Thinking somewhat as a visionary, the student representative to the Kenai City Council presented an idea to use the city’s multipurpose center for more than just ice hockey in the winter.
Kenai Central High School senior Les Krusen told the council the use of the ConocoPhillips/City of Kenai Multipurpose Facility could be extended by installing artificial turf.
“A lot of groups would benefit,” Krusen said.
Little League baseball and softball players, indoor soccer teams, lacrosse players and others could use the center “for the shoulder and summer months,” Krusen told the council.
He also said the center could be opened to the general public.
“Parents could use it to toss a football around with their kids if it’s cold outside,” Krusen said.
The turfed center could be used by soccer teams waiting for the remnants of winter’s snow and ice to melt off outdoor soccer fields, and Krusen said the Arctic Winter Games demonstrated Kenai Peninsula’s enthusiasm for indoor soccer, which could be played at the center year round.
Weather also is a consideration for early season baseball and softball practice.
“Mucking around in the wet cold grass is no fun at all, and makes it impossible to practice anything except rudimentary throwing skills,” Krusen said in a printed memo to the council.
Krusen said lacrosse is growing in popularity in the Kenai area with 65 children already playing in the lacrosse league.
“In fact the proposed turf (available from Rec-Turf) comes ready made for lacrosse play, complete with lacrosse lines painted on,” Krusen said.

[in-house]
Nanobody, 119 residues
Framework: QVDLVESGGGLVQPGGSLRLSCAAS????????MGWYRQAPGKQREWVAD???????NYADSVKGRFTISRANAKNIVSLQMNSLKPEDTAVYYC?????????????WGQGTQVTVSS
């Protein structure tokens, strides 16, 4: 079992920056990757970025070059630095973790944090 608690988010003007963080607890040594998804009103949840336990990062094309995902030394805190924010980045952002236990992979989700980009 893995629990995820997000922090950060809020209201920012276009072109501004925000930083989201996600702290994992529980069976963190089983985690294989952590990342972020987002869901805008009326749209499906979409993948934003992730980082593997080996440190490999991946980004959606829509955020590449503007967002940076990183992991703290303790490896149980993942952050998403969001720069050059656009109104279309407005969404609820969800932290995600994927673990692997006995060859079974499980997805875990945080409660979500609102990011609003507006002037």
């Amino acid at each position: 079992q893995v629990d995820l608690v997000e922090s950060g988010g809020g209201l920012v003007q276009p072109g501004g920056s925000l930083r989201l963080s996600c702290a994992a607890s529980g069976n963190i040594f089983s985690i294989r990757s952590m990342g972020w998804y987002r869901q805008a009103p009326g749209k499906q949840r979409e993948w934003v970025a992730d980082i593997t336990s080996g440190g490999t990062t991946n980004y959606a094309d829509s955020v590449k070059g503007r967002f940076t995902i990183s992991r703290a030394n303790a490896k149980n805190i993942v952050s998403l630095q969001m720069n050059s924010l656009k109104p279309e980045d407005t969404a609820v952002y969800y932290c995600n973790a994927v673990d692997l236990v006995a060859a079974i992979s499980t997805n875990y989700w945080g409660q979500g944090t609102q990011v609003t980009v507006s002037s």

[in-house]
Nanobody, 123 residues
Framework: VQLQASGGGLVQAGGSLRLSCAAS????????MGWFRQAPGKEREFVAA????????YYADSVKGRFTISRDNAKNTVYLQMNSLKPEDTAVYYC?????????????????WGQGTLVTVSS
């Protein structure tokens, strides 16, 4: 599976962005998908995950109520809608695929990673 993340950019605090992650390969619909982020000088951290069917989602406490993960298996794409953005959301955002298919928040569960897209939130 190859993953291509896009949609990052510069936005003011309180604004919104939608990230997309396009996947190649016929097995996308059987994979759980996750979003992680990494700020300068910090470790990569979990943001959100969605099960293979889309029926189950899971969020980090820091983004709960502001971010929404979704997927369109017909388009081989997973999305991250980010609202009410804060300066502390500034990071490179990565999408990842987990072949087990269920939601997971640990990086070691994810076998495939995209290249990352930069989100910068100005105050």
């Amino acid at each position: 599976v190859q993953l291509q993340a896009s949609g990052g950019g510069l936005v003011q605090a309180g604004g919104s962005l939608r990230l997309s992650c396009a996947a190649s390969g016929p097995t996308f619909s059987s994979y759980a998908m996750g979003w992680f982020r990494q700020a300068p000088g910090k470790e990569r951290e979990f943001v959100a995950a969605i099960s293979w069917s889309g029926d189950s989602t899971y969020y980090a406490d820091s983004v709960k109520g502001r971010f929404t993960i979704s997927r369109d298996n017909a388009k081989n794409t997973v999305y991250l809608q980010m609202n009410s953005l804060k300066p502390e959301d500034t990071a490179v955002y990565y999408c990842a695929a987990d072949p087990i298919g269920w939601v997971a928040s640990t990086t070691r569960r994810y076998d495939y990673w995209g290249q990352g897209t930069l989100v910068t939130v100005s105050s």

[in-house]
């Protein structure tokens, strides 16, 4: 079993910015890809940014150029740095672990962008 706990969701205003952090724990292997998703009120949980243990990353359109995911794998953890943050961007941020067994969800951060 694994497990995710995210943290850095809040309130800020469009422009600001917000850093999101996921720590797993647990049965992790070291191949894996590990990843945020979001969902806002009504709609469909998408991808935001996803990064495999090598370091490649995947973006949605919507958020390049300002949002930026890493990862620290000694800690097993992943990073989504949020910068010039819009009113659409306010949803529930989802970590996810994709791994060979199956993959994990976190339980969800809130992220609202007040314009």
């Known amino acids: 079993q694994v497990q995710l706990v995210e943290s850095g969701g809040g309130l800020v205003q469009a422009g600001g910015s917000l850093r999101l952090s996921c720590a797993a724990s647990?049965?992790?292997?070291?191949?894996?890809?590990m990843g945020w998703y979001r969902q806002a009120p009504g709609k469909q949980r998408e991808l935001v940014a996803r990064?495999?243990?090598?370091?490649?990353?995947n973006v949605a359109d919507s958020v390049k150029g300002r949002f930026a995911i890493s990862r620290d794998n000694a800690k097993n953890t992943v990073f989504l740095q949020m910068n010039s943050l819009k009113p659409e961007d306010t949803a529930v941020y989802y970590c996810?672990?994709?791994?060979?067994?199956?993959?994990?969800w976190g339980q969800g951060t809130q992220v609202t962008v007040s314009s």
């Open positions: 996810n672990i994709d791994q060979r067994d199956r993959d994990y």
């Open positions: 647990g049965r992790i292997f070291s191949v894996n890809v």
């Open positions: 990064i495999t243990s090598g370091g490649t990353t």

He said the area to be surfaced measures 70 by 180 feet, and could be done at a cost of $70,000.
Showing the council some photos of the multipurpose center, Krusen said when the ice comes out following hockey season, the center sits idle with an expansive indoor concrete floor.
He said the concrete floor could be covered with a layer of artificial turf that is placed on top of a thin pad that comes with it. An additional cushion between the thin pad and the concrete also is recommended.
Peripheral businesses could also benefit from having the center artificially turfed for yearlong use, according to Krusen’s plan.
“Soccer moms need gas, hungry and tuckered out kids need food (and) victorious teams need a place to celebrate,” he said.
Krusen suggested users be charged a fee that would in turn go toward covering the cost of the turf.
Ideally it should not be viewed as a money-making venture, but rather as “a quality of life commodity,” Krusen said.
Council members Linda Swarner and Joe Moore complimented Krusen’s idea and Mayor Pat Porter said, “If you have a vision, you can make it happen.”
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